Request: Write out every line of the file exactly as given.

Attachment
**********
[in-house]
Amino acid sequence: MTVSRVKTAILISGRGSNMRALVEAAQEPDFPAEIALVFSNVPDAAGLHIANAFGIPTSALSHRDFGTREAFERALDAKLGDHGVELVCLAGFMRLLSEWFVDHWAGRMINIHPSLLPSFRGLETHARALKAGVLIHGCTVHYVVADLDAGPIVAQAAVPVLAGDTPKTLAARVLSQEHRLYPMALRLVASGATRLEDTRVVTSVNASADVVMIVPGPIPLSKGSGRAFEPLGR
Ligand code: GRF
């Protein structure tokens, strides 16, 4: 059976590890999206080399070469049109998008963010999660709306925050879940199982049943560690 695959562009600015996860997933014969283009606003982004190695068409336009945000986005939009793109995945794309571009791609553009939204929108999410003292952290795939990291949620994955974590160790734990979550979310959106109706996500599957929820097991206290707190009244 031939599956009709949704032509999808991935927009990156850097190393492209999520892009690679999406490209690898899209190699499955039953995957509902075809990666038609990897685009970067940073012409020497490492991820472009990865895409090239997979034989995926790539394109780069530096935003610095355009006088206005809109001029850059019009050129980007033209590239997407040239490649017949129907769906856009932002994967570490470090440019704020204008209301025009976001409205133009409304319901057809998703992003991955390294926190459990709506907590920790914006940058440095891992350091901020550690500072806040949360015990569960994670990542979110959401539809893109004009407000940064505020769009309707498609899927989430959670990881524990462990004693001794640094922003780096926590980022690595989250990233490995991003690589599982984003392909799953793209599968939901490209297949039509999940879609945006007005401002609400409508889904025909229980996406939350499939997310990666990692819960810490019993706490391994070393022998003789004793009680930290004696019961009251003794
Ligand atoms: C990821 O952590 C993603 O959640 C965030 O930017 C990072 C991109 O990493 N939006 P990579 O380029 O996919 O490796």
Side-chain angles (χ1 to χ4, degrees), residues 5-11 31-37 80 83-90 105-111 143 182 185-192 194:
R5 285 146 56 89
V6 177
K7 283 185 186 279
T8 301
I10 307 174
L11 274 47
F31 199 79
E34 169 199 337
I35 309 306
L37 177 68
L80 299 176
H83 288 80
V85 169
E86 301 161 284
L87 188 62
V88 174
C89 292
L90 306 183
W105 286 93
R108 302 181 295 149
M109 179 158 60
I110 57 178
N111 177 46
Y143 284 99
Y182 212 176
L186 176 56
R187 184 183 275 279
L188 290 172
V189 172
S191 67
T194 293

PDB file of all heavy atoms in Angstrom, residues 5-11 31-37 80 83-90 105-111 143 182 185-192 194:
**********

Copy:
[in-house]
Amino acid sequence: MTVSRVKTAILISGRGSNMRALVEAAQEPDFPAEIALVFSNVPDAAGLHIANAFGIPTSALSHRDFGTREAFERALDAKLGDHGVELVCLAGFMRLLSEWFVDHWAGRMINIHPSLLPSFRGLETHARALKAGVLIHGCTVHYVVADLDAGPIVAQAAVPVLAGDTPKTLAARVLSQEHRLYPMALRLVASGATRLEDTRVVTSVNASADVVMIVPGPIPLSKGSGRAFEPLGR
Ligand code: GRF
């Protein structure tokens, strides 16, 4: 059976590890999206080399070469049109998008963010999660709306925050879940199982049943560690 695959562009600015996860997933014969283009606003982004190695068409336009945000986005939009793109995945794309571009791609553009939204929108999410003292952290795939990291949620994955974590160790734990979550979310959106109706996500599957929820097991206290707190009244 031939599956009709949704032509999808991935927009990156850097190393492209999520892009690679999406490209690898899209190699499955039953995957509902075809990666038609990897685009970067940073012409020497490492991820472009990865895409090239997979034989995926790539394109780069530096935003610095355009006088206005809109001029850059019009050129980007033209590239997407040239490649017949129907769906856009932002994967570490470090440019704020204008209301025009976001409205133009409304319901057809998703992003991955390294926190459990709506907590920790914006940058440095891992350091901020550690500072806040949360015990569960994670990542979110959401539809893109004009407000940064505020769009309707498609899927989430959670990881524990462990004693001794640094922003780096926590980022690595989250990233490995991003690589599982984003392909799953793209599968939901490209297949039509999940879609945006007005401002609400409508889904025909229980996406939350499939997310990666990692819960810490019993706490391994070393022998003789004793009680930290004696019961009251003794
Ligand atoms: C990821 O952590 C993603 O959640 C965030 O930017 C990072 C991109 O990493 N939006 P990579 O380029 O996919 O490796």
Side-chain angles (χ1 to χ4, degrees), residues 5-11 31-37 80 83-90 105-111 143 182 185-192 194:
R5 285 146 56 89
V6 177
K7 283 185 186 279
T8 301
I10 307 174
L11 274 47
F31 199 79
E34 169 199 337
I35 309 306
L37 177 68
L80 299 176
H83 288 80
V85 169
E86 301 161 284
L87 188 62
V88 174
C89 292
L90 306 183
W105 286 93
R108 302 181 295 149
M109 179 158 60
I110 57 178
N111 177 46
Y143 284 99
Y182 212 176
L186 176 56
R187 184 183 275 279
L188 290 172
V189 172
S191 67
T194 293

PDB file of all heavy atoms in Angstrom, residues 5-11 31-37 80 83-90 105-111 143 182 185-192 194: